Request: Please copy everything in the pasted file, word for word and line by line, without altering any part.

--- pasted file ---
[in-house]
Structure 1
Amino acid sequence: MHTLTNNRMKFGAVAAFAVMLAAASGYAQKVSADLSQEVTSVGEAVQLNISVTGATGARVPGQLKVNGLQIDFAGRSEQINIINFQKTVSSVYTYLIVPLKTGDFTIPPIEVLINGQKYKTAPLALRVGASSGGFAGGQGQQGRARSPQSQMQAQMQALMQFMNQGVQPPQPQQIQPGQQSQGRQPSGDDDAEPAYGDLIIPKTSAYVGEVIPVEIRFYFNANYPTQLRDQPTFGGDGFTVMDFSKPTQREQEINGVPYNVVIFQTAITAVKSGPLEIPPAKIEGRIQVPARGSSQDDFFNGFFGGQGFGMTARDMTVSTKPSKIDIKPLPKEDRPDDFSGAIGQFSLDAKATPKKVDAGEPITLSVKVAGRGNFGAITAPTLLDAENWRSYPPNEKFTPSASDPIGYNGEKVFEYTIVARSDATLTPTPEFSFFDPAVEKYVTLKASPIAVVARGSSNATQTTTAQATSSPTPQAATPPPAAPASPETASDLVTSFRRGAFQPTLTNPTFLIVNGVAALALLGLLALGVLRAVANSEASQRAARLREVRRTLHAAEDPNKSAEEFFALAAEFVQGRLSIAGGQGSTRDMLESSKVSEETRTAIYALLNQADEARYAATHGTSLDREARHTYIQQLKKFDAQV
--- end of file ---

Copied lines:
[in-house]
Structure 1
Amino acid sequence: MHTLTNNRMKFGAVAAFAVMLAAASGYAQKVSADLSQEVTSVGEAVQLNISVTGATGARVPGQLKVNGLQIDFAGRSEQINIINFQKTVSSVYTYLIVPLKTGDFTIPPIEVLINGQKYKTAPLALRVGASSGGFAGGQGQQGRARSPQSQMQAQMQALMQFMNQGVQPPQPQQIQPGQQSQGRQPSGDDDAEPAYGDLIIPKTSAYVGEVIPVEIRFYFNANYPTQLRDQPTFGGDGFTVMDFSKPTQREQEINGVPYNVVIFQTAITAVKSGPLEIPPAKIEGRIQVPARGSSQDDFFNGFFGGQGFGMTARDMTVSTKPSKIDIKPLPKEDRPDDFSGAIGQFSLDAKATPKKVDAGEPITLSVKVAGRGNFGAITAPTLLDAENWRSYPPNEKFTPSASDPIGYNGEKVFEYTIVARSDATLTPTPEFSFFDPAVEKYVTLKASPIAVVARGSSNATQTTTAQATSSPTPQAATPPPAAPASPETASDLVTSFRRGAFQPTLTNPTFLIVNGVAALALLGLLALGVLRAVANSEASQRAARLREVRRTLHAAEDPNKSAEEFFALAAEFVQGRLSIAGGQGSTRDMLESSKVSEETRTAIYALLNQADEARYAATHGTSLDREARHTYIQQLKKFDAQV